South Africa’s Human Settlements Minister, Lindiwe Sisulu, during a visit to Brazil in 2009 (Elza Fiúza/ABr/Wikimedia Commons)

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South Africa pledges 1.5 million new homes – “biggest construction site in Africa”

18 July 2014 | By GCR Staff | 0 Comments

The South African government has pledged to build 1.5 million new homes by the end of its term of office in 2019, making the country the “biggest construction site in Africa”.

It plans to pursue “mega” housing projects and use them to boost skills development.

Human Settlements Minister Lindiwe Sisulu said on Tuesday that South Africa currently had a housing deficit that affected 2.3 million families, Engineering News reported.

We will build close to 270,000 houses yearly as a sector– South Africa’s Human Settlements Minister, Lindiwe Sisulu

“South Africa is about to become the biggest construction site in Africa and, most probably, in the developing world.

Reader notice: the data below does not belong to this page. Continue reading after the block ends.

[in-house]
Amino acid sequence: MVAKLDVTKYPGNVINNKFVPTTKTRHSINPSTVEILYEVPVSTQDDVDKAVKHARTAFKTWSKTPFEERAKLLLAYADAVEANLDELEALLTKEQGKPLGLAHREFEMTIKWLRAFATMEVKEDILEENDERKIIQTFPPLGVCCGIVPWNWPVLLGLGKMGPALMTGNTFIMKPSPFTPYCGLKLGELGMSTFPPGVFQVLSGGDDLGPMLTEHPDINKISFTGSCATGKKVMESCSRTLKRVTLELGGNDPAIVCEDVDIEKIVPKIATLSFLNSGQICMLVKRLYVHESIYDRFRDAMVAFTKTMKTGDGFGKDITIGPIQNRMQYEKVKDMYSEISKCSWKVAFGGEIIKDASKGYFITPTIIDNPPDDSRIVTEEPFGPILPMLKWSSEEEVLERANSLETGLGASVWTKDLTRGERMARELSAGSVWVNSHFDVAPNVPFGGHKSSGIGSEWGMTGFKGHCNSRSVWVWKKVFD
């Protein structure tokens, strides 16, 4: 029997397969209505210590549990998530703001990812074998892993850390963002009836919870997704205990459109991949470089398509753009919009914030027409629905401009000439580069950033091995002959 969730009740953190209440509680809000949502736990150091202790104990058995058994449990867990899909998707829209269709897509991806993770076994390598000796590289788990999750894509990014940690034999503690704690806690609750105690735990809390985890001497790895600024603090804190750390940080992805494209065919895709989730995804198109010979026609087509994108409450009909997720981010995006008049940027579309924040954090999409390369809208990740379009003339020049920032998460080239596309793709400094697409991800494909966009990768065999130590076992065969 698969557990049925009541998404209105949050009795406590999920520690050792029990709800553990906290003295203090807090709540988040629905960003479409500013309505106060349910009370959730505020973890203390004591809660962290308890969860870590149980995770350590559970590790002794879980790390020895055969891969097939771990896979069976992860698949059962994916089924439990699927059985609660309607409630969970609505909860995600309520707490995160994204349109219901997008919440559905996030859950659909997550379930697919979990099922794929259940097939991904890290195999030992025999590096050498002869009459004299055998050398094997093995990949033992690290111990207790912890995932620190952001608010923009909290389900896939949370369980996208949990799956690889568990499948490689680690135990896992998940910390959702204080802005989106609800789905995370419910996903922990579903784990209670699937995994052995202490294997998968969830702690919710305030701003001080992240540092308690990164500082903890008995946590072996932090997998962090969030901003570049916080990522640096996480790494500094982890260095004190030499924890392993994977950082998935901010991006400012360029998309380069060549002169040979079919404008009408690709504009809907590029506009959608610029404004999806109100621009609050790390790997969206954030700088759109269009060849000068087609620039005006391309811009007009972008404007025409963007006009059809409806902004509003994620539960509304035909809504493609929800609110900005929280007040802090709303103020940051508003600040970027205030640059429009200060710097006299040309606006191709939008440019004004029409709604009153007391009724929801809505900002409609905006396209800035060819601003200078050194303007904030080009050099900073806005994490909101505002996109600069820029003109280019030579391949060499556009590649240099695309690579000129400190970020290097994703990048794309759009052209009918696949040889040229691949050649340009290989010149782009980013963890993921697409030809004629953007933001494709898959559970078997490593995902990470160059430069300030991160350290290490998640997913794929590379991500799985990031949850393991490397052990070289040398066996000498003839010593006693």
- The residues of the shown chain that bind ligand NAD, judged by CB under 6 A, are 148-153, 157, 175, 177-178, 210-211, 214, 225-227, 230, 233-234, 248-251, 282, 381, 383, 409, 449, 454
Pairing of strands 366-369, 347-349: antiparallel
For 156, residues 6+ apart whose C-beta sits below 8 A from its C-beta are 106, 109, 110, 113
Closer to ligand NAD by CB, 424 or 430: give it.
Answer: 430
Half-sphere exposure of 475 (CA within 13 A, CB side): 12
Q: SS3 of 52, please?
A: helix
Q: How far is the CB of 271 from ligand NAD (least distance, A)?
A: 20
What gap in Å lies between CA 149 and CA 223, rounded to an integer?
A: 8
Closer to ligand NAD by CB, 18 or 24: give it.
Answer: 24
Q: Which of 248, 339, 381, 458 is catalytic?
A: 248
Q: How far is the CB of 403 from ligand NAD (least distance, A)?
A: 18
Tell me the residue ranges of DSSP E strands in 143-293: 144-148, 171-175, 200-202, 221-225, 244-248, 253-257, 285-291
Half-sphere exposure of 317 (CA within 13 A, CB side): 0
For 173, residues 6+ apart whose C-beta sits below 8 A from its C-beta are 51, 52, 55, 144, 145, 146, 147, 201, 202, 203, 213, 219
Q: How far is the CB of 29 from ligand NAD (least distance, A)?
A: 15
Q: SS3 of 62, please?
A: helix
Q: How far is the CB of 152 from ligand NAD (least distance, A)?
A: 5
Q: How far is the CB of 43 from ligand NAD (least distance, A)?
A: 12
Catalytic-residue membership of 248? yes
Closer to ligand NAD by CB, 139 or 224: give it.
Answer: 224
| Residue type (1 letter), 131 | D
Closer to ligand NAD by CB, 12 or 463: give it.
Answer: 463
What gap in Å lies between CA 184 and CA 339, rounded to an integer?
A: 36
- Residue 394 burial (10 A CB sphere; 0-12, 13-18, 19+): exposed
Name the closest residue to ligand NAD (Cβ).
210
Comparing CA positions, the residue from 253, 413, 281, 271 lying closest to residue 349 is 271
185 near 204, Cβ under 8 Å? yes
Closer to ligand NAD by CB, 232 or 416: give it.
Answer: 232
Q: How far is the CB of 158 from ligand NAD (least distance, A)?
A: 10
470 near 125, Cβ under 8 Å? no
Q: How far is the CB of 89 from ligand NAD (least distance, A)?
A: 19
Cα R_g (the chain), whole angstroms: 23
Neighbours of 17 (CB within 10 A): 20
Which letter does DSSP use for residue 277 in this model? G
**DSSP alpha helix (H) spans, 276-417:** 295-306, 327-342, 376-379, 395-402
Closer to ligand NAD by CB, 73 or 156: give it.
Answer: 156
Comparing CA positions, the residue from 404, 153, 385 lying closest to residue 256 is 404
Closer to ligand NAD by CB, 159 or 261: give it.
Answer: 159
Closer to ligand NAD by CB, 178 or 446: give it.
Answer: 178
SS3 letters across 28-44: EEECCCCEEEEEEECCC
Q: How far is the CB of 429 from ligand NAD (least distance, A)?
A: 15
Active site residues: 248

We will build close to 270 000 houses yearly as a sector,” she told the media at a prebudget briefing, adding that the building of houses must be a catalyst for skills development and job creation.

She said that the country had managed to build this volume of houses before at the height of implementing a government strategy called Breaking New Ground.

But it will be different this time, she said. “We need to move from small projects of 200 houses to megaprojects [involving an] integrated housing mix to cater for different incomes and needs,” Sisulu said.

She said urgent systemic interventions had to be implemented, including immediate actions that would be taken over the next 100 days, including the identification of 50 national priority projects that would deliver mega integrated and sustainable human settlements.

Further, to celebrate women’s month, her department would build 1,956 houses in each province between August and December – “by women for women”, Sisulu said.

The Department of Human Settlements will set up a dedicated unit to fast-track title deeds to realise the value of the “dead assets” that were “in the hands of our people,” she added.

Read the Engineering News article